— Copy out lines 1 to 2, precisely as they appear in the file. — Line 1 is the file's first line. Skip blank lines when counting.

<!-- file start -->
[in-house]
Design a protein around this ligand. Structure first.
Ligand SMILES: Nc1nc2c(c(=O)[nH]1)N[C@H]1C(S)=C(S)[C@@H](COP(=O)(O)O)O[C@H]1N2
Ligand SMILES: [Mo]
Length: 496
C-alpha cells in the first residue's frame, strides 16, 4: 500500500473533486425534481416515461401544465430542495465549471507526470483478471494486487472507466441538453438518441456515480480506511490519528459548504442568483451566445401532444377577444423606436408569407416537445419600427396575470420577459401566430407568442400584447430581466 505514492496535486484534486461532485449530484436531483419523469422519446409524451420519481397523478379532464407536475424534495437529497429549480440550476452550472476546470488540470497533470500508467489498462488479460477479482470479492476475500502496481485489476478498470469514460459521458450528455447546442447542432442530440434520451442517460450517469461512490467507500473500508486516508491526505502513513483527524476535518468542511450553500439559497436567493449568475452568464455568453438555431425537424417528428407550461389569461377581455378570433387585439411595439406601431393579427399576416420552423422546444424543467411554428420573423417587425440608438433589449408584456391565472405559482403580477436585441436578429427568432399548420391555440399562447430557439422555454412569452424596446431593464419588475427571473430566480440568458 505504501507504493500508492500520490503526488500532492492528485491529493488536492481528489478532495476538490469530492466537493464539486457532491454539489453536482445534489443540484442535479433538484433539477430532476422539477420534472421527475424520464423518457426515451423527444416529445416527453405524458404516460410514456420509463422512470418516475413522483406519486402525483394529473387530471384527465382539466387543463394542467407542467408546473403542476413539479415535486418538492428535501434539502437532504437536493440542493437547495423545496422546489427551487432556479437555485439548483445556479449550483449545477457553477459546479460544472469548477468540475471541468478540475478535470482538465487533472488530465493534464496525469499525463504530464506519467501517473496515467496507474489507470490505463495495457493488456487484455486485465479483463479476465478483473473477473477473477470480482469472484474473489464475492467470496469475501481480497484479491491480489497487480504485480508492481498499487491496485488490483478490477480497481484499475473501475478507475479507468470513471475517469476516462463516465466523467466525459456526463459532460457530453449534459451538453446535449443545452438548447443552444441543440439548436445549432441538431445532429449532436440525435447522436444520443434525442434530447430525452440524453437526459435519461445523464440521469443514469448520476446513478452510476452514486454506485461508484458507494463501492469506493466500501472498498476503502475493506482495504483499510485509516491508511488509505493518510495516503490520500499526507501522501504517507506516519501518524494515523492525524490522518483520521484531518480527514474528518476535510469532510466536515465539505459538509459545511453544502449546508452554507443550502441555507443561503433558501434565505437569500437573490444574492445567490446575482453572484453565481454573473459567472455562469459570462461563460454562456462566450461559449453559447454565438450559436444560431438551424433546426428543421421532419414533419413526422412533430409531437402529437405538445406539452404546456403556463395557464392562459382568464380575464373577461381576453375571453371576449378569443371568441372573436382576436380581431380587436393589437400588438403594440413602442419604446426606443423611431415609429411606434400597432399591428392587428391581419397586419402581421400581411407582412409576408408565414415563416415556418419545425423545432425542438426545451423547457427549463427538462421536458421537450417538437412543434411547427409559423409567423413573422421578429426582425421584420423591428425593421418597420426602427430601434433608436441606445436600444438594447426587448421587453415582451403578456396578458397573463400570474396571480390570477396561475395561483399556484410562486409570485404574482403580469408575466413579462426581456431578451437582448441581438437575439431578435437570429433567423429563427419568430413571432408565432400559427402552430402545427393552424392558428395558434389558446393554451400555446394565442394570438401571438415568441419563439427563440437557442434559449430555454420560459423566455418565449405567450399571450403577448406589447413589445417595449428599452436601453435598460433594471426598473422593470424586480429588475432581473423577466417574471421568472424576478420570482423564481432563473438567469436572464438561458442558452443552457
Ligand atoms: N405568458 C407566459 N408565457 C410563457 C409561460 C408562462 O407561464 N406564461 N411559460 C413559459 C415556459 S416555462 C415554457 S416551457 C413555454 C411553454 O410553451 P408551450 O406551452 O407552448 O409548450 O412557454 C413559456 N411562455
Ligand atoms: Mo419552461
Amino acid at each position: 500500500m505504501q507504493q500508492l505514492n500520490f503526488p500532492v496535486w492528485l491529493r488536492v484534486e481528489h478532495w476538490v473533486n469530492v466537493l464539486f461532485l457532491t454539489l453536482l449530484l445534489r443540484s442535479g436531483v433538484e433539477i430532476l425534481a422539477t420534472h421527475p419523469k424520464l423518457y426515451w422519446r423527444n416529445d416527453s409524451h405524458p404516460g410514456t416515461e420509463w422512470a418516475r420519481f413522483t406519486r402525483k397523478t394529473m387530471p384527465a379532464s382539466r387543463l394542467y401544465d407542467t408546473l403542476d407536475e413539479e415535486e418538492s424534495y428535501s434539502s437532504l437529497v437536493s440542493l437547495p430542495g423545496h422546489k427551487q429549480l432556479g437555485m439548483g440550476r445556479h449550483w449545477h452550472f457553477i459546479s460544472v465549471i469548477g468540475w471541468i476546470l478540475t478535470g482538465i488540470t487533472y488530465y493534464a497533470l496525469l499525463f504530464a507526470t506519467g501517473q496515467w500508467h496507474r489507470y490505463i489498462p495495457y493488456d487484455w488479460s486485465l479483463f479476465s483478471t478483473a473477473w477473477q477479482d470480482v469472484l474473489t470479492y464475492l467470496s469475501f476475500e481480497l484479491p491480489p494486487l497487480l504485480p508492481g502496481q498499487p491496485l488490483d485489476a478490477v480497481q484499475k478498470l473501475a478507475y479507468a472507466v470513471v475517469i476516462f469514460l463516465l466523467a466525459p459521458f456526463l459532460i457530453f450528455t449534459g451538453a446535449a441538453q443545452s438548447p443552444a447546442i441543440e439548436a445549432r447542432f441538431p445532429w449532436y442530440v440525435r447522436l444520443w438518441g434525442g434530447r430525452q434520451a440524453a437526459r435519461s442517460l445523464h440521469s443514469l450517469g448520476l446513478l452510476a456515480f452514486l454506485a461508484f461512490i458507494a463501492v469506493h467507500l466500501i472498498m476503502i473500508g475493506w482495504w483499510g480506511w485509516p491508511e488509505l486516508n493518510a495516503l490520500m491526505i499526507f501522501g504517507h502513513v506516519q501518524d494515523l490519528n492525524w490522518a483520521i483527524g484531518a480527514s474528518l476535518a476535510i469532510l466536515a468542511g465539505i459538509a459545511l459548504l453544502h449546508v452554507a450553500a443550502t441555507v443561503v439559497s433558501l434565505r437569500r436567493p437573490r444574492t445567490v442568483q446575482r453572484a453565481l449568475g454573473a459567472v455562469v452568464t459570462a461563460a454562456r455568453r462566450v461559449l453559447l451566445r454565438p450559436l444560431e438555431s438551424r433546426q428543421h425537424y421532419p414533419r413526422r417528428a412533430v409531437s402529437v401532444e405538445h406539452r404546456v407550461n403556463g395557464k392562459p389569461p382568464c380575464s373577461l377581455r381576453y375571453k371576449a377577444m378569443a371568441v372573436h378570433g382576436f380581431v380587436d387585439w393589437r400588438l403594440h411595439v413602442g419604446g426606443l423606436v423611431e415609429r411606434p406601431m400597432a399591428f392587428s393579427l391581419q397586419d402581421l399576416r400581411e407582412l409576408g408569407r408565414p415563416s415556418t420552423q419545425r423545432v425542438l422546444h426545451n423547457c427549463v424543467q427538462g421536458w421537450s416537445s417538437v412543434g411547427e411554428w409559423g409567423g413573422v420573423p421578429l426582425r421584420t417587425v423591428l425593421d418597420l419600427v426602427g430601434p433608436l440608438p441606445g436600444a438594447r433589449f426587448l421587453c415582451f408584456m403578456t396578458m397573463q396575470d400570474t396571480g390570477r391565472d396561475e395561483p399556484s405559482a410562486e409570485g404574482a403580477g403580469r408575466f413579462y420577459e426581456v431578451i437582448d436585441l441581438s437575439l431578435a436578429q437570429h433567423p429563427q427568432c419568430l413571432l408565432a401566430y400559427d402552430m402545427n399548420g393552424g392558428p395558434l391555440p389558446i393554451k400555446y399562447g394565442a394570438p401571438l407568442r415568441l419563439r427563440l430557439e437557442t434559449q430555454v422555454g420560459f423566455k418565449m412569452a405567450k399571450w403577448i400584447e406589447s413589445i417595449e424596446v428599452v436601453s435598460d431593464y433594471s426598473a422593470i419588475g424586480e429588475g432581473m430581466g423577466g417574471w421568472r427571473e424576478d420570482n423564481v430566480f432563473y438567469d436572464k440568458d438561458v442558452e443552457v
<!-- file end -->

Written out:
[in-house]
Design a protein around this ligand. Structure first.